Abstract

Geochronology and paleotopographic reconstruction of the porphyry-copper deposit at La Escondida, Chile, are used to calculate long-term erosion rates and to deduce the timing of Tertiary climatic change for a portion of the Atacama Desert region. Hypogene hydrothermal alteration and protore mineralization at La Escondida took place between 33.7 ± 1.4 and 31.0 ± 1.4 Ma based on K-Ar dating of hydrothermal biotite and sericite. Supergene weathering and copper-sulfide en-richment processes were active from 18.0 ± 0.7 to 14.7 ± 0.6 Ma based on K-Ar dating of supergene alunite, distinguished from hypogene alunite by grain size, color, and sulfur isotopic composition. Reworked lenses of volcanic ash in the vicinity of La Escondida provide useful time-stratigraphic markers at 8.7 ± 0.4, 6.5 ± 0.2, and 4.2 ± 0.2 Ma within present soil profiles.

Long-term average rates of erosion are determined by these age dates and quantitative calculation of eroded leached capping thickness at La Escondida using mass-balance analysis of geochemical profiles coupled with an estimate of unmineralized lithocap thickness based on alteration petrology and fluid-inclusion geobarometry at similar deposits. The observed trend of decreasing long-term average erosion rates with time is consistent with arid to semiarid conditions in the early Miocene changing to hyperarid conditions during the middle Miocene. This climatic desiccation caused termination of significant supergene copper-suffide enrichment at La Escondida and elsewhere in the Atacama region and preservation of surficial features, including the ash horizons and the leached capping.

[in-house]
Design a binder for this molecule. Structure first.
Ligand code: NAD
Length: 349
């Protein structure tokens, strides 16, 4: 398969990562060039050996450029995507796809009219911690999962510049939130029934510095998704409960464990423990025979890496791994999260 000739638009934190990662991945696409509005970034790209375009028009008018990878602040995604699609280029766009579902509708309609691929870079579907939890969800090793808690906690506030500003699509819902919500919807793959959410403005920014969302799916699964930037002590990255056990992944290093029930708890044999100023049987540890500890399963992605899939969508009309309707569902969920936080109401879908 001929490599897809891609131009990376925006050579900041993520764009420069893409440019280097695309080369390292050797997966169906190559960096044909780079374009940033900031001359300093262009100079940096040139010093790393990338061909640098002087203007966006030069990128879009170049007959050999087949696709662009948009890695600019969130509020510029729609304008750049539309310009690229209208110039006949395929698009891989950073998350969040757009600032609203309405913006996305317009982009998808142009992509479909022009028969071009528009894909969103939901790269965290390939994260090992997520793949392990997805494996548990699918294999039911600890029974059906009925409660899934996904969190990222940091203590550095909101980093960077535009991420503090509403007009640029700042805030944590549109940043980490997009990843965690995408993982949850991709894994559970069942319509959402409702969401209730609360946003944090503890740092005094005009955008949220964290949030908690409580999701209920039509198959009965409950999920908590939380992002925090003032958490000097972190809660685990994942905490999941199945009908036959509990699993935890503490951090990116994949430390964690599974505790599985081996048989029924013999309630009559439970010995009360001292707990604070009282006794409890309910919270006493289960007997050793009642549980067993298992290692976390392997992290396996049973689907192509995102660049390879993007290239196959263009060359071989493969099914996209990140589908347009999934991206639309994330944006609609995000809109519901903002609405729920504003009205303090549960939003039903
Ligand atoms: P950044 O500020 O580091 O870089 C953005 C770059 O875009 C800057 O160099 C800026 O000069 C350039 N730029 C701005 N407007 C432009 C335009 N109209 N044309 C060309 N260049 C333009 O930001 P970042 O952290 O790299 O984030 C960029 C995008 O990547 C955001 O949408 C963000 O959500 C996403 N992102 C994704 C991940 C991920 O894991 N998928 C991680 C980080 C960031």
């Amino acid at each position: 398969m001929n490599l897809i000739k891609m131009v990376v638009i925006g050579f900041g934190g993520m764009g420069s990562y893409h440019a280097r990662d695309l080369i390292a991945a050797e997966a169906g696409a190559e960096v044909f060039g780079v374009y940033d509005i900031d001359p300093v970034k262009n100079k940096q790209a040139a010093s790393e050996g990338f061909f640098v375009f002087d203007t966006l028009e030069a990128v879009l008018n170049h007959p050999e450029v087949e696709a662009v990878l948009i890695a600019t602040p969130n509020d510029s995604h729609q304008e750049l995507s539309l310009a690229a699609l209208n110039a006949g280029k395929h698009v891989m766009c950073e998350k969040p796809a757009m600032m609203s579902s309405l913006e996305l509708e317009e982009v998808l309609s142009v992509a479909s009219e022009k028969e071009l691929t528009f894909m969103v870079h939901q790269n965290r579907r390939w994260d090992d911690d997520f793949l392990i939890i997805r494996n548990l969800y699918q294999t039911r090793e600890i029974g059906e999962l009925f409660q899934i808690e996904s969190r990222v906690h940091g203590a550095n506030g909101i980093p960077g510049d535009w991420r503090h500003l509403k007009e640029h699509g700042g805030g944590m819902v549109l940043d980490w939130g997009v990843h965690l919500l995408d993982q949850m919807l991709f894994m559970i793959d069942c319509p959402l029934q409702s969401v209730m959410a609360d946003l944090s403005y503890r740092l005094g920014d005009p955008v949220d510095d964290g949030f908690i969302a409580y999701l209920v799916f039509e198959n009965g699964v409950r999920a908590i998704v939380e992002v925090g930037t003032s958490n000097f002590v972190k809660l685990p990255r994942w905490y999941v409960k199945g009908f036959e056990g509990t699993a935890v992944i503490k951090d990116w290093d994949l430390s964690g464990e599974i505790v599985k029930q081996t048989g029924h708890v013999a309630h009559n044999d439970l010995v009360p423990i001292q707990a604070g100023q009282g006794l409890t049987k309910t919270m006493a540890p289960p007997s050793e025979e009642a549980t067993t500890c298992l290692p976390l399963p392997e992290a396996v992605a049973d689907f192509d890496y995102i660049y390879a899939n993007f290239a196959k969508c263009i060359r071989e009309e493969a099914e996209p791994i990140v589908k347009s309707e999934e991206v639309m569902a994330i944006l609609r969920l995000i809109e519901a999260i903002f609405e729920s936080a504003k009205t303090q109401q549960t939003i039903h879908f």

Middle Miocene climatic desiccation in northern Chile and southern Peru was probably related to a pronounced decrease in temperature of coastal waters supplied by an ancestral Humboldt Current and an increase in upwelling intensity as the Antarctic ice cap became established at approximately 15 to 13 Ma. The Central Andes Cordillera, which now provides a rain shadow protecting the Atacama region from precipitation from the east, must have attained at least half its present elevation prior to about 15 Ma to have played a similar role in the middle Miocene.

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